Developing Healthy Habits

The Rise of Autoimmune Disease

After taking care of the autoimmune disease triggers, it’s important to develop habits for the health of the body and mind. While medicine can mitigate a problem, it often doesn’t cure it. The body must do that on its own.

To assist the body in caring for itself, establish these healthy habits:

  • Eat healthy foods
  • Get adequate rest
  • Drink clean water
  • Breathe clean air
  • Manage stress
  • Get sunshine
  • Exercise

Establishing these habits now will not only help one avoid disease but will help equip the body if and when one does come.

3 Responses

  1. I have been gluten free since 1987, figured it out myself by eating just rice for a week, then adding one new food a day. Kept a log so when I added a cracker, or bread, noodles, etc. I got sick. It took about 6 weeks to Pinpoint a source of wheat. Lots more to my journey, ,but I finally found hidden gluten in,salad dressings and the like. I bought a bread machine, found Ener-G-Foods and ordered flour, etc. By the case.Had a small bowel biopsy and confirmed celiac. Lots more to tell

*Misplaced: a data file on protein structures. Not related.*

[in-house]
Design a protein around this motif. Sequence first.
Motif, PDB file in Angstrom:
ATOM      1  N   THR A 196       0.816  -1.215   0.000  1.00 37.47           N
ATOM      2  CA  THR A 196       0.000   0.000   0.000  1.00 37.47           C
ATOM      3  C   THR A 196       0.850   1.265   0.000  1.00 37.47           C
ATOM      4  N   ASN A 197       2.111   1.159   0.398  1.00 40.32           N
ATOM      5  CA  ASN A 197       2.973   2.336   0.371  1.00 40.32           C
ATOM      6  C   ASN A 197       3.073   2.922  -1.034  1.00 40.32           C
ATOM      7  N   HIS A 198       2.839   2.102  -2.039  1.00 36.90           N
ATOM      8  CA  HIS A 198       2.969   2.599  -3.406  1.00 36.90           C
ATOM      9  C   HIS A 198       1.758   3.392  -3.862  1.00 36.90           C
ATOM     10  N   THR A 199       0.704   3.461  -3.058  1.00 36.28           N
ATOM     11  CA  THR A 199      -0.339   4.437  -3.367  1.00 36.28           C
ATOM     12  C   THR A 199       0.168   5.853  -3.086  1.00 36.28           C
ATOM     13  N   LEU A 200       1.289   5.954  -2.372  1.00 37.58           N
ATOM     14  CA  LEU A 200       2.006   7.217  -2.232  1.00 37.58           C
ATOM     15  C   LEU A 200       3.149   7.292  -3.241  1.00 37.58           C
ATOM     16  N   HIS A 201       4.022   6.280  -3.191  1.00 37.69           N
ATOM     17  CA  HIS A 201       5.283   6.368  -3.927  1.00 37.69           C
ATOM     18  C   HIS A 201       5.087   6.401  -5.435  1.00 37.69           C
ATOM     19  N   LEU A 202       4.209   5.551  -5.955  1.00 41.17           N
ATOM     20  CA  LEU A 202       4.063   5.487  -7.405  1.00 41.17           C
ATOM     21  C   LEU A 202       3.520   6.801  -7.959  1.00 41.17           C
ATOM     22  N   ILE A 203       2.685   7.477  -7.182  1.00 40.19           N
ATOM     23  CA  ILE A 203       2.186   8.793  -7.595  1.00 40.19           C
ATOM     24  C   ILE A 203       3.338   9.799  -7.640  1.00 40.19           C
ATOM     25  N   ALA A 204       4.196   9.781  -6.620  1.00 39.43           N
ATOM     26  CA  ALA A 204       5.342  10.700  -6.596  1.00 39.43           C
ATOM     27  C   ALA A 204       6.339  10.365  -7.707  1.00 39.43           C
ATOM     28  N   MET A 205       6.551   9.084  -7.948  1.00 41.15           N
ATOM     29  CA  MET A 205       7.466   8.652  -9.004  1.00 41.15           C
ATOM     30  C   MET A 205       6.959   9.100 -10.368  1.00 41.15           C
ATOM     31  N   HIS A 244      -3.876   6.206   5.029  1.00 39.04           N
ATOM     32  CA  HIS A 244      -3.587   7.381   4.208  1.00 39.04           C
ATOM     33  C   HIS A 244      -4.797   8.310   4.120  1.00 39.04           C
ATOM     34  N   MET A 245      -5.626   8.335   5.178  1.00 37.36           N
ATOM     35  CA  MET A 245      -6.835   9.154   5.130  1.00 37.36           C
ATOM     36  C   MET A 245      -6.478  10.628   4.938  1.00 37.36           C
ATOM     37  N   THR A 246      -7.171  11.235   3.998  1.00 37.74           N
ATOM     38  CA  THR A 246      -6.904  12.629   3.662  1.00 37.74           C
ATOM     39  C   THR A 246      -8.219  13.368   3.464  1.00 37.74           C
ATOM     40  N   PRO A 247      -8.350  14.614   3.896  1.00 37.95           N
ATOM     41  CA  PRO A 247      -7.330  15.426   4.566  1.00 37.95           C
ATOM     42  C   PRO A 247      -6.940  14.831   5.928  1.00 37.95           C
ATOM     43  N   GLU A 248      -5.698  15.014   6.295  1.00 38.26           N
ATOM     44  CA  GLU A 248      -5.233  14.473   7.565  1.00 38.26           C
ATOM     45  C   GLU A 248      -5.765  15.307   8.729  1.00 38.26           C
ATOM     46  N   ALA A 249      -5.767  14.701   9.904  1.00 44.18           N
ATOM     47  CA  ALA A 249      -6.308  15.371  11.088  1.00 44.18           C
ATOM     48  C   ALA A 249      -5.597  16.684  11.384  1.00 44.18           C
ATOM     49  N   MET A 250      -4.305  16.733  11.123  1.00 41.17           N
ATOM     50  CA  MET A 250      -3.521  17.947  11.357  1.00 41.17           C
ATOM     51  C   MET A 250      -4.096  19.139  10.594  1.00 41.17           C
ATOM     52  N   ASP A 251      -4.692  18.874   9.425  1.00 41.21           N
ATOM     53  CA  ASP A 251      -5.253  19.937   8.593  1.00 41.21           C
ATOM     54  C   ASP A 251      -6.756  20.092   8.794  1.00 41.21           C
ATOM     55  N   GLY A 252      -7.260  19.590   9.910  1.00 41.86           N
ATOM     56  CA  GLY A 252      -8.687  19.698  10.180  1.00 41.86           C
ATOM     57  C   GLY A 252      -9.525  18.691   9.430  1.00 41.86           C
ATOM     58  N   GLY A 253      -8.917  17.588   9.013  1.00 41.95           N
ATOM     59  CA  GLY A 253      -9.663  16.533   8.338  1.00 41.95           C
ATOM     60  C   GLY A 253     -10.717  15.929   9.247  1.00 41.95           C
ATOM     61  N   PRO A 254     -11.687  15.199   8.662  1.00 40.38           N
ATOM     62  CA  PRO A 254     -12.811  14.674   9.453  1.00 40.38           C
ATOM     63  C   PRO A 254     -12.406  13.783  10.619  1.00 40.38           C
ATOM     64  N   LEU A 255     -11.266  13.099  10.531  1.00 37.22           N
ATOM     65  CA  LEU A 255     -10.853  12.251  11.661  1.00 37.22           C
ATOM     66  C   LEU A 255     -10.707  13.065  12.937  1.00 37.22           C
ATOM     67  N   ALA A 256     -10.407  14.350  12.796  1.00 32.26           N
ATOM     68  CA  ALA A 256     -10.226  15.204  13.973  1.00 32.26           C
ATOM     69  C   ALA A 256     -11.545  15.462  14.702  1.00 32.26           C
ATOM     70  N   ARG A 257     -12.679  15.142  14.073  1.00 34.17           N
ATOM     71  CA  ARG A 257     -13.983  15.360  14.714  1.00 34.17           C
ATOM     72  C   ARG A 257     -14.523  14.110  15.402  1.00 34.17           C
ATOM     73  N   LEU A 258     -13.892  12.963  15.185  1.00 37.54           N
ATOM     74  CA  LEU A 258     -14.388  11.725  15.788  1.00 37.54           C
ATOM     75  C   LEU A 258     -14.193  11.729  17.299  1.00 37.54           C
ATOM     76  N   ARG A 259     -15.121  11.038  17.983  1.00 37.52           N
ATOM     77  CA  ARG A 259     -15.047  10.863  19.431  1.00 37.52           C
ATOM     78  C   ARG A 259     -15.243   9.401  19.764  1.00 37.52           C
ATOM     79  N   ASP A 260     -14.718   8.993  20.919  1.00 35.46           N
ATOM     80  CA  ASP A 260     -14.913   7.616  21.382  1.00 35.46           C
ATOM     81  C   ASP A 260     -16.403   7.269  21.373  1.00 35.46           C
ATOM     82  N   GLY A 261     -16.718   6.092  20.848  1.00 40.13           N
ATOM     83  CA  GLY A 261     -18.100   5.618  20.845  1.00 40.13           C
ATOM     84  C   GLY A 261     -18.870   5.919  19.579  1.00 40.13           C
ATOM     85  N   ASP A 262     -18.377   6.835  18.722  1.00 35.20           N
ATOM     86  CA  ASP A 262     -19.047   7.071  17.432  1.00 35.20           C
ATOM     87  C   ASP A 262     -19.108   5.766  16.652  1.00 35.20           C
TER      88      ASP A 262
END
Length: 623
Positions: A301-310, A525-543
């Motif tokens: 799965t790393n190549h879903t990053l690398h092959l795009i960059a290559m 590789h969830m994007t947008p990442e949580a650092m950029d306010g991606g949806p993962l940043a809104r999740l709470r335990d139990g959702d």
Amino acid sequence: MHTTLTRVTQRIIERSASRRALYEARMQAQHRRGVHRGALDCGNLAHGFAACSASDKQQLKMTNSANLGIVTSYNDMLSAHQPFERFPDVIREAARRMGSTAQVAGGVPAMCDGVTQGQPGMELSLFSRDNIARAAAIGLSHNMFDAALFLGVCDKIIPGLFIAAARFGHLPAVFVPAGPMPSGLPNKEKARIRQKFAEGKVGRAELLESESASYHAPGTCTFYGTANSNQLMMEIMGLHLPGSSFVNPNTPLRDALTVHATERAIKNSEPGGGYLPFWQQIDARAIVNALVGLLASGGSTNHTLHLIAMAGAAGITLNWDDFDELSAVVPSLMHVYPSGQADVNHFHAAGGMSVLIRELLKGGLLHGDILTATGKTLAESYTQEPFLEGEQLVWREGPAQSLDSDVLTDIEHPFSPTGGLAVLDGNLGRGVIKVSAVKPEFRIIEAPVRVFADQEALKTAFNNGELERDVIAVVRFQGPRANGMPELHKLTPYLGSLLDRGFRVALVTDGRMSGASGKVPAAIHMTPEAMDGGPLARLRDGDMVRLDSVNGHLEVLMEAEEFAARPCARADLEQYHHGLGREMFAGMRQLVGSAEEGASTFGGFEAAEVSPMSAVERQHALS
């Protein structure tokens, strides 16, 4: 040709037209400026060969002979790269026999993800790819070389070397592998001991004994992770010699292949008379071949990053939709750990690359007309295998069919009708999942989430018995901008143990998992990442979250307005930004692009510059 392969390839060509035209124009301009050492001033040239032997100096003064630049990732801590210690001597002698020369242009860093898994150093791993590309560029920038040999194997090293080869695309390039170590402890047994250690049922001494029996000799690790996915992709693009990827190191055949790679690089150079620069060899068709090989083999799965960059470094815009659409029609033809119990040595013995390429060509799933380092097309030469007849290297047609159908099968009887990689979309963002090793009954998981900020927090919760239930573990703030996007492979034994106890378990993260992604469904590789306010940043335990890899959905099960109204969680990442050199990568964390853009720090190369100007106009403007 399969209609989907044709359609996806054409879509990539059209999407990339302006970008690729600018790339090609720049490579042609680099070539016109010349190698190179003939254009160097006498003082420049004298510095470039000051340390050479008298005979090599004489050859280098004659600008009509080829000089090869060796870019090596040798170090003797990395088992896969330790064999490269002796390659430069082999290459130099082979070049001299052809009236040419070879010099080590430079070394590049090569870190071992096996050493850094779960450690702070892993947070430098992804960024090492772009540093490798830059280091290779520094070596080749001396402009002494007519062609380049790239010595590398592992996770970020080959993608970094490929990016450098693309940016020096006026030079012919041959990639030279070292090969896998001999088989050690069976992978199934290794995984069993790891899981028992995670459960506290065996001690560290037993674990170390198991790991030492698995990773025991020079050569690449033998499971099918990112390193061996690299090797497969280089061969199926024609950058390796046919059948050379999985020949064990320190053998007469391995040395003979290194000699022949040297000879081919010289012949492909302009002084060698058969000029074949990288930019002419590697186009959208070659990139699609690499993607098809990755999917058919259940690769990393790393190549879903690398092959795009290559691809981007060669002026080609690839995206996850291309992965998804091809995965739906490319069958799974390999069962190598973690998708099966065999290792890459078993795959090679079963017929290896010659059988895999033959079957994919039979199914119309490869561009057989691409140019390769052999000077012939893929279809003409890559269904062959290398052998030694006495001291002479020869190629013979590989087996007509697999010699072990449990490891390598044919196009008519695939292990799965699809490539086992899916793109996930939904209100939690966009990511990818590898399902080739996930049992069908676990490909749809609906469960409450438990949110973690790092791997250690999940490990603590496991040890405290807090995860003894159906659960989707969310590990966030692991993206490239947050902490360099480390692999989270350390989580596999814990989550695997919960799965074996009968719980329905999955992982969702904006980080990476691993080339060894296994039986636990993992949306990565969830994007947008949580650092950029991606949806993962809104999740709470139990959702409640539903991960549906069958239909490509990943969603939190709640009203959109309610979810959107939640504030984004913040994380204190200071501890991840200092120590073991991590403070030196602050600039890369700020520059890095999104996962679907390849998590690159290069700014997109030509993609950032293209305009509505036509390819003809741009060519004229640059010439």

2. This is an excellent article, and one that should be heeded by anyone suffering from an autoimmune disorder such as arthritis, thyroid imbalances, Sjogrens syndrome and much more…

  3. I have 2 autoimmune issues: Hasimotos and Celiac. My thyroid was totally removed in 1981 and I am currently on NP Thyroid. Have been gluten free since 2010 but after reading your articles, I now realize I need to eliminate grains totally. My cortisol level is low. Since I do not have a thyroid, do your recommendations on “stabilization” my system still apply? What testing besides TSH levels should I test with?